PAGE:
Leaf blowers

I realize I’m going to become like that old man who screams “Get off my lawn!” but this subject is just one that has to be addressed.

I love my neighborhood. I’m lucky to live a few short blocks away from a segment of the the brilliantly designed Boulevard System. I love that I can stand up from hours of computering, stretch, and then put the long leash on my dog and go for a long walk and relax among natury-things. Pretty hot. I’m not alone in hating on them.

Leaf blowers, though. I just don’t get it. Why assault our ears and waste fossil fuel when you can just bend over and rake those dead leaves into a bag? Seriously.

“Glowfest” .. or “what to be aware of”

Sexy video, right? So, Glowfest is basically a campus-touring electronic music marketing event, geared to snare in young people and capitalize on their attention for other means. By “other means” they’ve attached a job fest to it (actively seeking startups to participate, mind you), to seduce these young people who they feel are attracted by the emotions created through electronic music to then pursue careers in their highly technical fields. Oh, and I’m sure they’ve done the numbers and expect to make bank on it.

So you probably are wondering why I would even spend typing time on such a thing if I don’t want it promoted. Consider it a warning lesson to those of us in the industry: anything can be commodified and its original purpose subverted to the wills of people with less of a pure intention. Be aware and wary, and remember to always act to preserve the intention of your original work, if that’s what you’re after.

Sure, these traveling-festival-producers have made a sexy product–they clearly have great people on their team who do their jobs to perfection, and part of that attention to production will draw people in. I can only just shake my head at it, be aware of it, and then go back to my work sorting through other projects that deserve elevation and respect.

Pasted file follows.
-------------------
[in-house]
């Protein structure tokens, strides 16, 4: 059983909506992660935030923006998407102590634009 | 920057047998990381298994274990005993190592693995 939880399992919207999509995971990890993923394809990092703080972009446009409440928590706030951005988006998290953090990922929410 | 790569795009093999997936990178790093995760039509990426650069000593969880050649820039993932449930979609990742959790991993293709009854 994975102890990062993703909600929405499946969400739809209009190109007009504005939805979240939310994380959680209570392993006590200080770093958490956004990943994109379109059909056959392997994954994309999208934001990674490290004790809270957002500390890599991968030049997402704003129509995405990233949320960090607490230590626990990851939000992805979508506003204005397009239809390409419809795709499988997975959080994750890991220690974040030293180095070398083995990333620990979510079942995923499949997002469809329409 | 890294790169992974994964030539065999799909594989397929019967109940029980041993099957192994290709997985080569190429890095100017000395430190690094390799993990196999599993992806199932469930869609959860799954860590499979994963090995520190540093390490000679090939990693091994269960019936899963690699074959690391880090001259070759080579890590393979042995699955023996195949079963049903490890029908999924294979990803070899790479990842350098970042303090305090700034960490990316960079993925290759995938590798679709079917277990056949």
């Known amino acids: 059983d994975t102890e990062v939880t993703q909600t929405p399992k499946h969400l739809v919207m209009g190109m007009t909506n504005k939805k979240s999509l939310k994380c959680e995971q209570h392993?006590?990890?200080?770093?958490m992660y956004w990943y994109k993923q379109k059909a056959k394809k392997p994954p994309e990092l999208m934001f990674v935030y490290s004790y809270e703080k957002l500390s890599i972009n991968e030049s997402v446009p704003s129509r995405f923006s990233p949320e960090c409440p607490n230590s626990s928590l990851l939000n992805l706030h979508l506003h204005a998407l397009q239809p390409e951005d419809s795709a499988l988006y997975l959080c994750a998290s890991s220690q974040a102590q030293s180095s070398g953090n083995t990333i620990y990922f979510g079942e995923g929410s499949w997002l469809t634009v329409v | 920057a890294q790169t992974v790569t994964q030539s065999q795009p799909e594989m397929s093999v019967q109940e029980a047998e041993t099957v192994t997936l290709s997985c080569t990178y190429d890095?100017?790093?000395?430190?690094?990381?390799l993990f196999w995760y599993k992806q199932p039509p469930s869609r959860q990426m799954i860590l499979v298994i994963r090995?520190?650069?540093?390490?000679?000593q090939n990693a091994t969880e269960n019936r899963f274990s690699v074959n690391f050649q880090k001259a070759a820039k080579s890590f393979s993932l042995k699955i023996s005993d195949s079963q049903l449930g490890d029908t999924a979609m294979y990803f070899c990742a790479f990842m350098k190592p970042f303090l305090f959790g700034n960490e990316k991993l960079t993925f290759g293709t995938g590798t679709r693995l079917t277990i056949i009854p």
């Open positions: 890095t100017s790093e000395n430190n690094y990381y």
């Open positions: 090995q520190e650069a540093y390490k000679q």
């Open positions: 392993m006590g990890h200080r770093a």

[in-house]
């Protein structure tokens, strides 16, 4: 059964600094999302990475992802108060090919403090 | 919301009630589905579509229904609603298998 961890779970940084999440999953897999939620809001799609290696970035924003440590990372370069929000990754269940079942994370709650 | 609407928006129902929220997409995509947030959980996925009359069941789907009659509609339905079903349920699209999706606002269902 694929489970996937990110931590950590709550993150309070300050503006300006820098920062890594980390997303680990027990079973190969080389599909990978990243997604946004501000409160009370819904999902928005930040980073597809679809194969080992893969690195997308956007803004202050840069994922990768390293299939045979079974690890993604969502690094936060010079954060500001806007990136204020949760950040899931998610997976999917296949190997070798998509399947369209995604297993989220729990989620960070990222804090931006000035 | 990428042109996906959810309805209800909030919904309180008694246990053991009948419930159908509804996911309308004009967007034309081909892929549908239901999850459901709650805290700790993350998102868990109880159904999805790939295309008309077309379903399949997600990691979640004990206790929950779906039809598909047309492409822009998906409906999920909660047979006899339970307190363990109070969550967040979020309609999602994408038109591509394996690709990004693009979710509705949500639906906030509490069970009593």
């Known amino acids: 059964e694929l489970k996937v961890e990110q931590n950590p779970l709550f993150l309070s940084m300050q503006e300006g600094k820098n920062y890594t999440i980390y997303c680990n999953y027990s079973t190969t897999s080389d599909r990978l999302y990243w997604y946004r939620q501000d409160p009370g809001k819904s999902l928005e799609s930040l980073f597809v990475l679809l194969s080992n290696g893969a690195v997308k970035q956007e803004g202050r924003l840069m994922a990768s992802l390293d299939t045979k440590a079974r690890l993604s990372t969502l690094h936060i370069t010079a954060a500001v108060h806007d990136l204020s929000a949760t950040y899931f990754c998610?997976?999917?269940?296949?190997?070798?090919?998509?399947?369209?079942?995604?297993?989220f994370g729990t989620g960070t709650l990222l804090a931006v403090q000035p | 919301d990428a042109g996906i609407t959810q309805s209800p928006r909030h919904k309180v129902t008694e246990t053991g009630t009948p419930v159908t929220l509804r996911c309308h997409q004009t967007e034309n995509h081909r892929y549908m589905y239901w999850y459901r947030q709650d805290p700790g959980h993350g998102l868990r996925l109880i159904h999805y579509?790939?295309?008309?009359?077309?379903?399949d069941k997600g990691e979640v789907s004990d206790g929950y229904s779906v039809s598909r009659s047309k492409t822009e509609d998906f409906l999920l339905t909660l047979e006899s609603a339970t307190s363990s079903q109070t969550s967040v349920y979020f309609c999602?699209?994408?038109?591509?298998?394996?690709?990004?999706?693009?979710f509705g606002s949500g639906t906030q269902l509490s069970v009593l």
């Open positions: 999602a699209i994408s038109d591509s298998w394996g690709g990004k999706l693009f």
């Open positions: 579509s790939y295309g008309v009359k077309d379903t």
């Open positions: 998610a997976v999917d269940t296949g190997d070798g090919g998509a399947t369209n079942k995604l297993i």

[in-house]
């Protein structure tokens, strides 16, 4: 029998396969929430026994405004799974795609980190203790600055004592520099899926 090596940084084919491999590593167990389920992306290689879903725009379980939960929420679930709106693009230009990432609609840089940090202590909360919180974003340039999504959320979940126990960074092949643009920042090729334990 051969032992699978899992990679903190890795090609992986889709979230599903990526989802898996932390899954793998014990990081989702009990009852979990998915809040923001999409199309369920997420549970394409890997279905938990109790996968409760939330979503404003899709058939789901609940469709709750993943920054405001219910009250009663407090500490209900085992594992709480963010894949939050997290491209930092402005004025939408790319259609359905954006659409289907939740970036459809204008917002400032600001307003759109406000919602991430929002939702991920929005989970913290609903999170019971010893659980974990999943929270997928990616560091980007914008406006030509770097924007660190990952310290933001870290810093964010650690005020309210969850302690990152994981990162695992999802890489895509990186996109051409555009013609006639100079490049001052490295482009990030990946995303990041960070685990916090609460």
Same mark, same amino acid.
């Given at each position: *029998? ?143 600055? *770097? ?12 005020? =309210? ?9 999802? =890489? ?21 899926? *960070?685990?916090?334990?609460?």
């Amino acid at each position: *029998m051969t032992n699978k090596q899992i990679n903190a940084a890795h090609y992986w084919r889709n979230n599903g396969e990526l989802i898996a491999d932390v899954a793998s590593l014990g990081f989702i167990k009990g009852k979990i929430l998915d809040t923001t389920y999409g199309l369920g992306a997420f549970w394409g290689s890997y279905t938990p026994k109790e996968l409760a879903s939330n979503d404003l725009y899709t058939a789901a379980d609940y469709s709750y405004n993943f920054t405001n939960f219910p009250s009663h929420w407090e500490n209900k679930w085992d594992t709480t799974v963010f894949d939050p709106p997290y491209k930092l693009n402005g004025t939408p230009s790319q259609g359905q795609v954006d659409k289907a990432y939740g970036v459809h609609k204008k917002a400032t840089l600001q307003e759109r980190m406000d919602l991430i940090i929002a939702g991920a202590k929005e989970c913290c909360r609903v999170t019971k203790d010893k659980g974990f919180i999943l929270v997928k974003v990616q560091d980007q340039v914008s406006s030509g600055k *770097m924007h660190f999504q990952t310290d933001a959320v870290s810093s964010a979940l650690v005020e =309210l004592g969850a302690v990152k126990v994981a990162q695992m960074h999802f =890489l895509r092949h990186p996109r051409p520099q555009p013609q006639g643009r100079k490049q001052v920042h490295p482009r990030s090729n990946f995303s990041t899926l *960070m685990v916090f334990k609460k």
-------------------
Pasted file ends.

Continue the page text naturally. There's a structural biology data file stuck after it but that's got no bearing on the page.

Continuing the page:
As a counter-example (and I know the metaphor might seem weird), I am a CSA member (Community Supported Agriculture), and this is a great feeling model to me, especially when it comes to “sourcing” “talent.”

UPDATE 10/27/12:
Marc from Meiotic Promotions had a great insight (via a Facebook thread, copied here with permission):

“Anything can be commodified and its original purpose subverted to the wills of people with less of a pure intention” – This pretty much hits it on the head.

As much as I’d like to think there’s a bright side – i.e. the usual arguments of “exposing electronic music to a wider audience/getting kids excited about electronic music” – it’s just blatant and obvious; a byproduct of whole the “EDM = homogenization of electronic music” discussion that we’ve had amongst our peers.

Where this thing takes the cake though is the “rave” branding. Oh to have been a fly on the wall when they had the meeting/conference call to discuss tour branding (“hrmmm… how can we name our festival so we capitalize off this EDM/Rave thing? Ravefest? Ravedancefest? Glowstickdancingfest? GLOWFEST! = $$$$. Oh yea…. we better throw in a job fair so we look collegiate about this.”)

You can’t hate on artists for wanting to get paid either… so the fault lies with the approach of the event producers. It’s not that they’ve lost perspective; it’s whether there was even a sincere perspective to begin with. Sadly, the latter sentiment has prevailed here… again.

What’s really going on in debates over issues these days